Kowen Forest deviation

This sector runs from the Burbong bridge over the Molonglo River, through the Kowen Forest pine plantation, finishing at the grade-separation over the driveway of the military installation Headquarters Joint Operation Command (HQJOC). The existing railway diverts around the southern edge of the plantation, with horizontal radius as tight as 240m. It is not feasible to achieve the desired minimum radius of 1000m while following this southerly diversion, so a new section of alignment through the forest is required. While expensive, this allows a radius of up to 5000m, and therefore future upgrade to speeds of 300km/h or greater.

Depending on the final vertical profile of the alignment, the cut will have to be up to 40m in depth, right on the limit of cost-competitiveness with tunnel. No land is required to be purchased, as the sector is entirely within Crown land. Vertical alignment is unproblematic, although the exceptional maximum gradient of 3% is reached in the second section.

Alignment Design

Kowen Forest cut - click to enlarge

Kowen Forest cut – click to enlarge


1 – Seventh Molonglo crossing


Looking east across Burbong bridge towards Kings Highway and Kowen Forest. Image: Clarissa Thorpe, ABC News.

Section length 430m, sector start. Consists of an approach to the existing Burbong Bridge, and then a shallow cut approaching the existing Kings Highway grade separation (rail under). Entire length on existing alignment. The single track bridge could be duplicated, upgraded or replaced entirely. The bridge pylons appear very sturdy for a single lane bridge; it may be possible to replace the existing deck with a dual track concrete deck whilst retaining the existing pylons; however for the purposes of this estimation we will assume a complete replacement of the bridge with dual track. Additionally, it is likely that the Kings Highway underbridge could be upgraded to dual width at substantially lower expense than complete replacement, however complete replacement will be assumed.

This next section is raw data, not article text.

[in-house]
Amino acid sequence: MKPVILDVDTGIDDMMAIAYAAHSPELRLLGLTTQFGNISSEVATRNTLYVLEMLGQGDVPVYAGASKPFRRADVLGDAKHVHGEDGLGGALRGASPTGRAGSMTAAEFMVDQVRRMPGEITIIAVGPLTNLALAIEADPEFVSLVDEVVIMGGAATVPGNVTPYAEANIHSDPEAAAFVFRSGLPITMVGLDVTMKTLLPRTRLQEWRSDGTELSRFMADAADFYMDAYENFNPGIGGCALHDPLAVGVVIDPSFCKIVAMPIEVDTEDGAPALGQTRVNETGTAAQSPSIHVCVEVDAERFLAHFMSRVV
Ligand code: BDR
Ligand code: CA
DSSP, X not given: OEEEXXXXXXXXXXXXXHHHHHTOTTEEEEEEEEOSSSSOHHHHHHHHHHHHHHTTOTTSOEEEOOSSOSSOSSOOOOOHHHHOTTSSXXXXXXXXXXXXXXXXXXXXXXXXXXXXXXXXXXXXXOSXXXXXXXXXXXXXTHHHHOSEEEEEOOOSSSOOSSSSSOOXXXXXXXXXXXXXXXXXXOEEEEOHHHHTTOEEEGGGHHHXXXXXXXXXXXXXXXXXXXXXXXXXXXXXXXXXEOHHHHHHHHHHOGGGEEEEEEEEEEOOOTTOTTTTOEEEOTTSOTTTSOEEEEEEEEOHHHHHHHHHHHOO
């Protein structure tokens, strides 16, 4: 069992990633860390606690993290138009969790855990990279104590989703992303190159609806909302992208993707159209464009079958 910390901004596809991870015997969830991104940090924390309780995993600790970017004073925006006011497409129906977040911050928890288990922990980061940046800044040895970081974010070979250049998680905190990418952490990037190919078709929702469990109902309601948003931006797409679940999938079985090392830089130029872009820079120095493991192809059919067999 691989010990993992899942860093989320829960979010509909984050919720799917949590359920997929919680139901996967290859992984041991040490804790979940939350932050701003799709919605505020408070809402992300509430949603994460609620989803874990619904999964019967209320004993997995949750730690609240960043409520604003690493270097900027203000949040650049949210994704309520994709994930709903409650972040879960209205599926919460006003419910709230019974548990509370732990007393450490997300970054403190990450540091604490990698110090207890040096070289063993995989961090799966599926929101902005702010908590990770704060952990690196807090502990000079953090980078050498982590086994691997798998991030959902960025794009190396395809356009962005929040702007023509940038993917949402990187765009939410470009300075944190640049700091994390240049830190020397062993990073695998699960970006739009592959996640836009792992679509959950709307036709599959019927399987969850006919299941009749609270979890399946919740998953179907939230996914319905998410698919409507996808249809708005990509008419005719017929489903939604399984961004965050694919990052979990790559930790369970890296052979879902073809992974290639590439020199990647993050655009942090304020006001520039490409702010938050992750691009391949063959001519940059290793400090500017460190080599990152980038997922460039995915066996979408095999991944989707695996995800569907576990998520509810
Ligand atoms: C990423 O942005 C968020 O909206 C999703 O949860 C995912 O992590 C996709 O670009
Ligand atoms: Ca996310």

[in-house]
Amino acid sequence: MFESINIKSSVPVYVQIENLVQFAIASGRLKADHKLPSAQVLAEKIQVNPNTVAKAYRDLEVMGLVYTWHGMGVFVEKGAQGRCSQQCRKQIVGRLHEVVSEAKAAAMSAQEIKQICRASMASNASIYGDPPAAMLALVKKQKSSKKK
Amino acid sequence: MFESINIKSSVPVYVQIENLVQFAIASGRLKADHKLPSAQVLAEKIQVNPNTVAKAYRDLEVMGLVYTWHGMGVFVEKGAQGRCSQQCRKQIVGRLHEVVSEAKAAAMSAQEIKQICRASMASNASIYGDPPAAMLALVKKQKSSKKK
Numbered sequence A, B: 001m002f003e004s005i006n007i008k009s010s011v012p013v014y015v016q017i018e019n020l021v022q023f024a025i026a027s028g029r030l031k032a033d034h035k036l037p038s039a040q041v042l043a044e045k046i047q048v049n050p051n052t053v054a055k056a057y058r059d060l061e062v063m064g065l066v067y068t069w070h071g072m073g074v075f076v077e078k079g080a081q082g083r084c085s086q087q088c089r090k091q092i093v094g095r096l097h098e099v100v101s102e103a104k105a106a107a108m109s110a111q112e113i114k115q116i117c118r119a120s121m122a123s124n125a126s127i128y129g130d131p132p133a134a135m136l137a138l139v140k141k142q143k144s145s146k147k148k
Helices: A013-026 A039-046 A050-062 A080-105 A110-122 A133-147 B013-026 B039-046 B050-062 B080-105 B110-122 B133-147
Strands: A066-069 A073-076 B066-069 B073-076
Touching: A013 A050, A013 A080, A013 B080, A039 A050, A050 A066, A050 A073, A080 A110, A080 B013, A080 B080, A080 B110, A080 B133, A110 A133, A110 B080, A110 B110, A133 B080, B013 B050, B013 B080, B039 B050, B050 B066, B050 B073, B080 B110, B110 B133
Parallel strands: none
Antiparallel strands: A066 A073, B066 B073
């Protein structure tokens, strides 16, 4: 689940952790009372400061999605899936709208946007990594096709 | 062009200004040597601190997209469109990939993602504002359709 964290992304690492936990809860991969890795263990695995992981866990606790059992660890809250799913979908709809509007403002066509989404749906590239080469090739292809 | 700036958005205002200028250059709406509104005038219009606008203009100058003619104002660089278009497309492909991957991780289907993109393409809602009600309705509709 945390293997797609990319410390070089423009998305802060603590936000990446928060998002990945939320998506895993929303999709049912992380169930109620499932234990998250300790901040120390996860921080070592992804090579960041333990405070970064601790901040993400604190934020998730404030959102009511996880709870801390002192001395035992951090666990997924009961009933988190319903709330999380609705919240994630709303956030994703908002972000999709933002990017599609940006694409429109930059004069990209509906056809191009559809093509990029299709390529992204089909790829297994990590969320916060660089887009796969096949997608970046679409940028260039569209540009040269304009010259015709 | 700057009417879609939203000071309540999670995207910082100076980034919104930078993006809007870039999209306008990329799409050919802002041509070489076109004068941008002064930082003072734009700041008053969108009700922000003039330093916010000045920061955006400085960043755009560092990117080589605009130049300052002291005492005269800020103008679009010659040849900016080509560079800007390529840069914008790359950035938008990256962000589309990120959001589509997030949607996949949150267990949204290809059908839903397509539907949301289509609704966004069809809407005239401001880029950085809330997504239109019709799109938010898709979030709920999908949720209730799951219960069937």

• Existing bridge is 130m in length with two main spans of span 27.5m (90ft) each. This allows commonality of infrastructure with the previous section. Five additional approach spans of 15m in length (3 on west and 2 on east side).
    • Mainspan cost function =  $16309/track-m
      • = $1,794,000
    • Approach spans cost function = 11725e0.012S = $11,938/track-m
      • = $1,791,000
    • Total bridge cost = $3,585,000 (new dual width)
  • Remainder of section (300m) is shallow cut of approx. 4m depth. Requires widening to dual width (additional 6m): 6m×4m×300m = 7200m3
    • Earthworks cost = $223,000
    • Drainage @ $200k/km = $60,000
    • Chainlink fence (both sides) = $30,000
  • Whole length works:
    • Upgrade 1 track, add 1 track: @$1.879m/km = $808,000
    • Signalling & control: @$127k/km = $55,000
  • Kings Highway underbridge: assume upgrade can be achieved for half cost of new major grade separation.
    • Upgrade cost = $2,500,000
  • Section cost = $7,261,000 ($16.89m/km)

2 – Kowen Forest approach

Section length 1400m starting at 430m. Consists of a duplication of the existing track, starting off in a shallow cut but mostly on a low embankment, and terminating where the new alignment diverges from the Kowen Forest curves. No crossings required.

  • Earthworks:
    • 300m cut widening, 4m deep: 7200m3, = $223,000
    • Assume remainder of length is embankment of average height 3m: Volume = 1100×3×6 = 19800m3
      • Fill @$16/m3, =$317,000
    • Total earthworks cost = $540,000
  • Whole length works:
    • Upgrade 1 track, add 1 track: $2,631,000
    • S&C = $318,000
    • Drainage = $179,000
    • Chainlink fence (both sides) = $140,000
  • Section cost = $3,808,000 ($2.72m/km)